10 BEA professional staff confirmed in writing on April 24, 2007 that "the RIMS II direct-effect employment multiplier can be used along with an estimate of a change in direct employment to calculate the total employment impact of a project or event on a region. The total employment impact includes the direct + indirect + induced employment impacts when using Type II (Endogenous) multipliers. The estimated direct, indirect, and induced employment impacts all occur within the region. The RIMS II multipliers cannot estimate the impacts that occur outside the region."
11 It appears that most Regional Centers use RIMS II, REMI, or IMPLAN economic analysis.
Young H. Noh is an expat U.S. attorney working and residing in Korea. He is co-author of the Chapter on American Embassy in Seoul in Visa Processing Guide published annually by AILA. Young Noh represents Korean individual and corporate clients with their immigration and visa cases, including EB-5 and E-2 cases; and also works with Korean-licensed attorneys to represent non-Korean clients with business and litigation cases involving Korean law. Mr. Noh can be reached at: firstname.lastname@example.org.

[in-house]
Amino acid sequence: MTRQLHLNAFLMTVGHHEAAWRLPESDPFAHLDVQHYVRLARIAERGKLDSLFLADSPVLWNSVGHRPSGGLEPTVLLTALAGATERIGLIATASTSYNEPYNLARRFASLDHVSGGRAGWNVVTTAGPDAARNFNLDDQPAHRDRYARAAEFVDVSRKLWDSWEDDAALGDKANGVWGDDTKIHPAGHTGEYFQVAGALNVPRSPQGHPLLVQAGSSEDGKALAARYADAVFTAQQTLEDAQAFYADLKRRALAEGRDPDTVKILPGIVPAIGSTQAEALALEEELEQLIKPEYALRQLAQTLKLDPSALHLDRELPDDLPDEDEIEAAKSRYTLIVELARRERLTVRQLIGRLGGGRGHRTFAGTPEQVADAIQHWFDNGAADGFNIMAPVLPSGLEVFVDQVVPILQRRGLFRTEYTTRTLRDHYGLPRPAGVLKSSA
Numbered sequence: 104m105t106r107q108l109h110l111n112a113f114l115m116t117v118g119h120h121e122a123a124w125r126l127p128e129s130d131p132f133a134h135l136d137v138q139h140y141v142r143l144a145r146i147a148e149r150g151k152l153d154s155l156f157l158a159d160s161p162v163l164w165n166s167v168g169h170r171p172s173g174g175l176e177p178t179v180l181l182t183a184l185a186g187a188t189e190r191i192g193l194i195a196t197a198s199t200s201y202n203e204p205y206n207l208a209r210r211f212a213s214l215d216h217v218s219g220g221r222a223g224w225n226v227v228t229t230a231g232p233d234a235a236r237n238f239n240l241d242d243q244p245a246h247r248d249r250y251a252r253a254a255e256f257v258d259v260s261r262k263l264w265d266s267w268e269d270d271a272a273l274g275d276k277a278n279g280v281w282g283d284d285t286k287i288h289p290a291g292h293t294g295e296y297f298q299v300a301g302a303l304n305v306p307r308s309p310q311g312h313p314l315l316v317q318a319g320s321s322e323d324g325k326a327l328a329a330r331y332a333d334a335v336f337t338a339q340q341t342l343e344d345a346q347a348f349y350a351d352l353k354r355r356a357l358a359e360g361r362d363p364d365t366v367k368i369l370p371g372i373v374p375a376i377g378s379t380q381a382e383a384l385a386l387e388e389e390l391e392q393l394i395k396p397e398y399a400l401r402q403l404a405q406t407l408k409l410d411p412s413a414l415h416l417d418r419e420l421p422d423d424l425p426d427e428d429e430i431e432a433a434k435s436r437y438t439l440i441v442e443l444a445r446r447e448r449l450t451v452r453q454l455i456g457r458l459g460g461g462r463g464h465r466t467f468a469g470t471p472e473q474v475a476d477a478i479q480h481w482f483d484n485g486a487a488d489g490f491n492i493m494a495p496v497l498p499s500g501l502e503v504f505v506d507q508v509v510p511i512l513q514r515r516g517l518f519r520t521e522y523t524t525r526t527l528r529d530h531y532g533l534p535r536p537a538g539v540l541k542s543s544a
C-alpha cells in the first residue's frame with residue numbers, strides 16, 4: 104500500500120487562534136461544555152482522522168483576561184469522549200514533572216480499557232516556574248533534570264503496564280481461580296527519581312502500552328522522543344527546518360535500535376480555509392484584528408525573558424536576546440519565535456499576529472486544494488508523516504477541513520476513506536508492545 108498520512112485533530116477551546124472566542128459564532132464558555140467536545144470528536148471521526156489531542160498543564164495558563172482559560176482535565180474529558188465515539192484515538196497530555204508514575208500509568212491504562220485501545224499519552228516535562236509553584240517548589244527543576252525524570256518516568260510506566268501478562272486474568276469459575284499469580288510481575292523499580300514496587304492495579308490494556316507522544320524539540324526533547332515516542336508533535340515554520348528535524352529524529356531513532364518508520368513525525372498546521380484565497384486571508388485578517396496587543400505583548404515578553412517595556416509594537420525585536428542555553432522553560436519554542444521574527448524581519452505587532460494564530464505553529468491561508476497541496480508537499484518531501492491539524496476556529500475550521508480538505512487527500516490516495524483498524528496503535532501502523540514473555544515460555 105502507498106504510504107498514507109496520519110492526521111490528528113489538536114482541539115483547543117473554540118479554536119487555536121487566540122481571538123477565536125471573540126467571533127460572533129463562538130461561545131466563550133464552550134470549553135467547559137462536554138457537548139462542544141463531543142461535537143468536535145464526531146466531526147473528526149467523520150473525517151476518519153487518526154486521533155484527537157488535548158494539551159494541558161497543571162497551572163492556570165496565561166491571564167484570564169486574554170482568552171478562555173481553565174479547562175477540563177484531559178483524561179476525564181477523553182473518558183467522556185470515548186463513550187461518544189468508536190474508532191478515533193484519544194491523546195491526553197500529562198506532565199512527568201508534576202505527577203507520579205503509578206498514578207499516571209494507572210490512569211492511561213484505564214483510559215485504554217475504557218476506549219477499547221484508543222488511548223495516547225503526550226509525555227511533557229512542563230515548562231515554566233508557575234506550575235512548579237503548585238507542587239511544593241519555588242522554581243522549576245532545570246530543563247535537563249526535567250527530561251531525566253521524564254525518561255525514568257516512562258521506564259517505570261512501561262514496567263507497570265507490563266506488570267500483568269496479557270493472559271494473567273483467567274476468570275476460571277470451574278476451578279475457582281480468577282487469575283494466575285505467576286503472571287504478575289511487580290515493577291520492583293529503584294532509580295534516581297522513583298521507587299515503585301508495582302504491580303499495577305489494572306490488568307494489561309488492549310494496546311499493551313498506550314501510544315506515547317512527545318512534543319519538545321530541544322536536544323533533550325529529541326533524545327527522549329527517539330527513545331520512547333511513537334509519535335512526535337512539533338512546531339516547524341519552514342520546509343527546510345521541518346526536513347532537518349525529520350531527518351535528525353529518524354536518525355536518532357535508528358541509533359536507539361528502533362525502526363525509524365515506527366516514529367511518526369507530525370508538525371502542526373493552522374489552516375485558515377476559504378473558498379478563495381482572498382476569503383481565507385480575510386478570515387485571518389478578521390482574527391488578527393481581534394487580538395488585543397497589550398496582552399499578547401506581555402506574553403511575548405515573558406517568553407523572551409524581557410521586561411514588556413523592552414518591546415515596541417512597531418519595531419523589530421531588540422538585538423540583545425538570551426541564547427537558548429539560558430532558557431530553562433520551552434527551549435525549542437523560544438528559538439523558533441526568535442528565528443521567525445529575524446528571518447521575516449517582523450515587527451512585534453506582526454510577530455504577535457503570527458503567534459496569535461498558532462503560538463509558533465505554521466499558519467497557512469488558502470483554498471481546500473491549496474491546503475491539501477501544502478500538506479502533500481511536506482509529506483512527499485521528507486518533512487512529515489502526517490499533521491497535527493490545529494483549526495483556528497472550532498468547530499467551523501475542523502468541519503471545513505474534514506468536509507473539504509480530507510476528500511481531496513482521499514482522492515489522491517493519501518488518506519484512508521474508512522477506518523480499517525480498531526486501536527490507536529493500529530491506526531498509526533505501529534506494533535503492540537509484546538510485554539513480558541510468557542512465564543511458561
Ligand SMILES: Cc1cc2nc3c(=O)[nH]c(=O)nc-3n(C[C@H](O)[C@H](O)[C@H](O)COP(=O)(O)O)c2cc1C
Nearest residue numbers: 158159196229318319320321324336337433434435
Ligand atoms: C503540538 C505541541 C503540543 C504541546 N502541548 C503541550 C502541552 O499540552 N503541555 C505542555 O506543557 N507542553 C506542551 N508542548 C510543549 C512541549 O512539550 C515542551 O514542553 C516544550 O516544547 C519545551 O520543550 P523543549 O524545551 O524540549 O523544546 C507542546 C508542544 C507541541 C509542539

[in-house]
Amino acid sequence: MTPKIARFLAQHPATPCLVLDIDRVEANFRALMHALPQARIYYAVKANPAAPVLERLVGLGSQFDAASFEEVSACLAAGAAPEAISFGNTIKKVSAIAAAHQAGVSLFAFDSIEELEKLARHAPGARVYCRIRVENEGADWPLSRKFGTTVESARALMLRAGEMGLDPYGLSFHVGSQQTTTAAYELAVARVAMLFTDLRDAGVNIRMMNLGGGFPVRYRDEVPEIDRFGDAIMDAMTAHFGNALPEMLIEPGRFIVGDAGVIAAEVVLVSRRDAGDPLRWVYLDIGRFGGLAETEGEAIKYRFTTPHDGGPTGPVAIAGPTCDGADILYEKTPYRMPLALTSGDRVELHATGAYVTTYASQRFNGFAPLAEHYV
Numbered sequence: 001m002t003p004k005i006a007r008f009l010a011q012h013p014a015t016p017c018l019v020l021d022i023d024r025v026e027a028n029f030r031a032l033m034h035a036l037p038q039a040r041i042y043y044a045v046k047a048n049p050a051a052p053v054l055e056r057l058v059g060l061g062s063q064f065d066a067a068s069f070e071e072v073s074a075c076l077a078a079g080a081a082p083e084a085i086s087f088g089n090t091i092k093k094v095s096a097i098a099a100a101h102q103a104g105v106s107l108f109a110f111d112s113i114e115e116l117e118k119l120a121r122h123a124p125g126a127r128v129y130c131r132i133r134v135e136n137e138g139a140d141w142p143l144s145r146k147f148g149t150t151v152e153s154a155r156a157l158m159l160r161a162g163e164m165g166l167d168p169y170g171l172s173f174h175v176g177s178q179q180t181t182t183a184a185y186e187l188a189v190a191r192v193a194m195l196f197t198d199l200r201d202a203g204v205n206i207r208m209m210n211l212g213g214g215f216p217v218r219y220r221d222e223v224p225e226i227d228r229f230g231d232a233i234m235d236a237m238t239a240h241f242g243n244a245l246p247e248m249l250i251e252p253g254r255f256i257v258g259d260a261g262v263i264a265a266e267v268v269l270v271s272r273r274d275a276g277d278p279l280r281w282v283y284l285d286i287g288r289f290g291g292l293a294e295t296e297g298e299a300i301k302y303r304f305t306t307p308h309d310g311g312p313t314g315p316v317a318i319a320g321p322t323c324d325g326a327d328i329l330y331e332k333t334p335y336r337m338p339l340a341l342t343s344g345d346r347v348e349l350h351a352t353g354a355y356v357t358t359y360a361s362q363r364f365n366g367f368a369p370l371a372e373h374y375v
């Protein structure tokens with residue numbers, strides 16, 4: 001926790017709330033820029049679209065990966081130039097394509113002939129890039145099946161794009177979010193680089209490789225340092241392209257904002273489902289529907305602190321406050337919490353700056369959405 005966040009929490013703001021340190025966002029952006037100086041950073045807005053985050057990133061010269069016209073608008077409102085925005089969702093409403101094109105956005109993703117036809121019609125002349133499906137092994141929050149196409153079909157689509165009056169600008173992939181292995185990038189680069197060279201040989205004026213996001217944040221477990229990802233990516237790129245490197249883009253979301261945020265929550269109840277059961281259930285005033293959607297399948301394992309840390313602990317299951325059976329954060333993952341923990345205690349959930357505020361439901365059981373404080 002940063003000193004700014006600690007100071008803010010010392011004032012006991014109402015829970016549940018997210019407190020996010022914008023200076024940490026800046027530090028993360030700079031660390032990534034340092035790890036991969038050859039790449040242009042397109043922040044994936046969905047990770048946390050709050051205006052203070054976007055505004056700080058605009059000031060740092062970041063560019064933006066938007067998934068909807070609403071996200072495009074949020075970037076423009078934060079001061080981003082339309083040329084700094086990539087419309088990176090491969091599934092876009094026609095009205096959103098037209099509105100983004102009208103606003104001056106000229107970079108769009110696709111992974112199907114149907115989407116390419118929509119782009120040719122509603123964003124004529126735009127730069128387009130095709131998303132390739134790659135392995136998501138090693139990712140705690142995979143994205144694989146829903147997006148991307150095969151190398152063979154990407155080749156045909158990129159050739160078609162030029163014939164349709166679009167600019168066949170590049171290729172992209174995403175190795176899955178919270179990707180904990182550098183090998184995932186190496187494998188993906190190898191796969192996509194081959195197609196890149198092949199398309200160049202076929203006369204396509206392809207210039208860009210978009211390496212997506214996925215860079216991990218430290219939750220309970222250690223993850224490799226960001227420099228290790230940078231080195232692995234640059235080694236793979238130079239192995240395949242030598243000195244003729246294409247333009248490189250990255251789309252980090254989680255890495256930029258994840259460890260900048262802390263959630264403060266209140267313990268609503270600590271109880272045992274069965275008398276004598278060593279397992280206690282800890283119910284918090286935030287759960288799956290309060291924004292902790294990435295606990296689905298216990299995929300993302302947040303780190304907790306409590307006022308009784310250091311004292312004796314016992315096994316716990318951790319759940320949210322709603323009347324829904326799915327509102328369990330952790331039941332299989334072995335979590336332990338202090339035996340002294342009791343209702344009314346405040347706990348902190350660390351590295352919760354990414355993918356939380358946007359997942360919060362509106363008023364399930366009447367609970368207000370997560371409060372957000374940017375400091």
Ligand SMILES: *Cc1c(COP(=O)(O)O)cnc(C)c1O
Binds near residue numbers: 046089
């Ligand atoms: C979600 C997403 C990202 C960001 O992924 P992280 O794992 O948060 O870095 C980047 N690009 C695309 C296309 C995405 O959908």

The opinions expressed in this article do not necessarily reflect the opinion of ILW.COM.